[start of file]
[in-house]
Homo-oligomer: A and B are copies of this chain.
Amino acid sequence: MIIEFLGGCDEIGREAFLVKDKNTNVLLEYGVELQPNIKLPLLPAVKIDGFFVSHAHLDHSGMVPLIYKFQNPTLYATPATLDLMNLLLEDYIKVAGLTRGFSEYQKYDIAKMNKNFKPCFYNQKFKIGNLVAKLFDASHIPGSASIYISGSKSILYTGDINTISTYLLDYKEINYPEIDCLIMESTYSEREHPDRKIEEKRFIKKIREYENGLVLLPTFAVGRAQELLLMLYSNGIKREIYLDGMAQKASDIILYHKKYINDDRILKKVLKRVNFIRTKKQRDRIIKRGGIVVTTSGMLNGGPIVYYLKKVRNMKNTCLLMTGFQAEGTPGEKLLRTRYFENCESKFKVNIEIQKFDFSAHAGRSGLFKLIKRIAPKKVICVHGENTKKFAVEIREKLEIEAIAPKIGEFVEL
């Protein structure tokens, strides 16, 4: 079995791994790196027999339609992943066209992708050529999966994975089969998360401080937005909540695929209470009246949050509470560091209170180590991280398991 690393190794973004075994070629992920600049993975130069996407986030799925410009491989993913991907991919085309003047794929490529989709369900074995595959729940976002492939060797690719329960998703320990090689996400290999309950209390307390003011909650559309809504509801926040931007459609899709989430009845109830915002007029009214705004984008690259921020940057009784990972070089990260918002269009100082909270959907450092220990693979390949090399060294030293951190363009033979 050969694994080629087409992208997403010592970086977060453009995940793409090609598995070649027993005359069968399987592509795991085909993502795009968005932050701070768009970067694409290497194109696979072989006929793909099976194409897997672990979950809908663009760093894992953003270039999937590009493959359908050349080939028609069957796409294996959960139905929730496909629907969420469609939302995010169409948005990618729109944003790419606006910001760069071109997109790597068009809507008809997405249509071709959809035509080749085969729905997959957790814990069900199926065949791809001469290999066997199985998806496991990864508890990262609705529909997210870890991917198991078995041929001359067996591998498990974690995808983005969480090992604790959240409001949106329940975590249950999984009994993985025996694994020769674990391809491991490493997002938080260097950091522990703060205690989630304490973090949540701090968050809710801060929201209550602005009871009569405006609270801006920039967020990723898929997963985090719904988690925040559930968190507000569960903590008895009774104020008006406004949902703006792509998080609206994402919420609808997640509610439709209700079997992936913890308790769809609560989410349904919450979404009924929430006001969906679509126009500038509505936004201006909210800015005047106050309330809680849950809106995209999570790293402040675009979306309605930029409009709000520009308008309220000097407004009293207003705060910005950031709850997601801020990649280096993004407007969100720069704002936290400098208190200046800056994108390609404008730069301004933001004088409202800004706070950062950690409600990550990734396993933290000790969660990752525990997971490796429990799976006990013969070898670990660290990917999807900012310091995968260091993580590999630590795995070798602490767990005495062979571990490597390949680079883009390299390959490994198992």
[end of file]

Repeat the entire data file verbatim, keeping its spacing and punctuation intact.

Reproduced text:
[in-house]
Homo-oligomer: A and B are copies of this chain.
Amino acid sequence: MIIEFLGGCDEIGREAFLVKDKNTNVLLEYGVELQPNIKLPLLPAVKIDGFFVSHAHLDHSGMVPLIYKFQNPTLYATPATLDLMNLLLEDYIKVAGLTRGFSEYQKYDIAKMNKNFKPCFYNQKFKIGNLVAKLFDASHIPGSASIYISGSKSILYTGDINTISTYLLDYKEINYPEIDCLIMESTYSEREHPDRKIEEKRFIKKIREYENGLVLLPTFAVGRAQELLLMLYSNGIKREIYLDGMAQKASDIILYHKKYINDDRILKKVLKRVNFIRTKKQRDRIIKRGGIVVTTSGMLNGGPIVYYLKKVRNMKNTCLLMTGFQAEGTPGEKLLRTRYFENCESKFKVNIEIQKFDFSAHAGRSGLFKLIKRIAPKKVICVHGENTKKFAVEIREKLEIEAIAPKIGEFVEL
């Protein structure tokens, strides 16, 4: 079995791994790196027999339609992943066209992708050529999966994975089969998360401080937005909540695929209470009246949050509470560091209170180590991280398991 690393190794973004075994070629992920600049993975130069996407986030799925410009491989993913991907991919085309003047794929490529989709369900074995595959729940976002492939060797690719329960998703320990090689996400290999309950209390307390003011909650559309809504509801926040931007459609899709989430009845109830915002007029009214705004984008690259921020940057009784990972070089990260918002269009100082909270959907450092220990693979390949090399060294030293951190363009033979 050969694994080629087409992208997403010592970086977060453009995940793409090609598995070649027993005359069968399987592509795991085909993502795009968005932050701070768009970067694409290497194109696979072989006929793909099976194409897997672990979950809908663009760093894992953003270039999937590009493959359908050349080939028609069957796409294996959960139905929730496909629907969420469609939302995010169409948005990618729109944003790419606006910001760069071109997109790597068009809507008809997405249509071709959809035509080749085969729905997959957790814990069900199926065949791809001469290999066997199985998806496991990864508890990262609705529909997210870890991917198991078995041929001359067996591998498990974690995808983005969480090992604790959240409001949106329940975590249950999984009994993985025996694994020769674990391809491991490493997002938080260097950091522990703060205690989630304490973090949540701090968050809710801060929201209550602005009871009569405006609270801006920039967020990723898929997963985090719904988690925040559930968190507000569960903590008895009774104020008006406004949902703006792509998080609206994402919420609808997640509610439709209700079997992936913890308790769809609560989410349904919450979404009924929430006001969906679509126009500038509505936004201006909210800015005047106050309330809680849950809106995209999570790293402040675009979306309605930029409009709000520009308008309220000097407004009293207003705060910005950031709850997601801020990649280096993004407007969100720069704002936290400098208190200046800056994108390609404008730069301004933001004088409202800004706070950062950690409600990550990734396993933290000790969660990752525990997971490796429990799976006990013969070898670990660290990917999807900012310091995968260091993580590999630590795995070798602490767990005495062979571990490597390949680079883009390299390959490994198992």